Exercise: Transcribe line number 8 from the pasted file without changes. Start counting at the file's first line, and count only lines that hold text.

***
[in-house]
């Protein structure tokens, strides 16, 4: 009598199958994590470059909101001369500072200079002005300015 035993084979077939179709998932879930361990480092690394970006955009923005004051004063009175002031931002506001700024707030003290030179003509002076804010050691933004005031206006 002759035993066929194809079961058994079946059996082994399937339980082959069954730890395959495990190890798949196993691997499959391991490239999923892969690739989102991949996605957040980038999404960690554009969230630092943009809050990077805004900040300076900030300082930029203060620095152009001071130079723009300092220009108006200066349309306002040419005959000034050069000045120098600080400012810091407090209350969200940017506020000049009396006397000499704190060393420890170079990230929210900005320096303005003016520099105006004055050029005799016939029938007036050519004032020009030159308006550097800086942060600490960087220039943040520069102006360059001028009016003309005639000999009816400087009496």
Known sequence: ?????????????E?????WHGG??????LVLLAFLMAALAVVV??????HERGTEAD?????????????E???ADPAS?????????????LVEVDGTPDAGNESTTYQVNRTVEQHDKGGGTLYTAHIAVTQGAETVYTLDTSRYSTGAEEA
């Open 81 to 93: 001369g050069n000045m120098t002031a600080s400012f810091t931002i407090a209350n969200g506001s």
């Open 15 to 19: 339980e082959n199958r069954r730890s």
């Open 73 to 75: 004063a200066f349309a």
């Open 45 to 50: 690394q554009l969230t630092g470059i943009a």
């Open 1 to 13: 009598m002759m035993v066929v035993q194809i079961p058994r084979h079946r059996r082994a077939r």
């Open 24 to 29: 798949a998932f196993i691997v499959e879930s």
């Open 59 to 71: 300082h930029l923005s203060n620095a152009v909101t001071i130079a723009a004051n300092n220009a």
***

């Open 1 to 13: 009598m002759m035993v066929v035993q194809i079961p058994r084979h079946r059996r082994a077939r």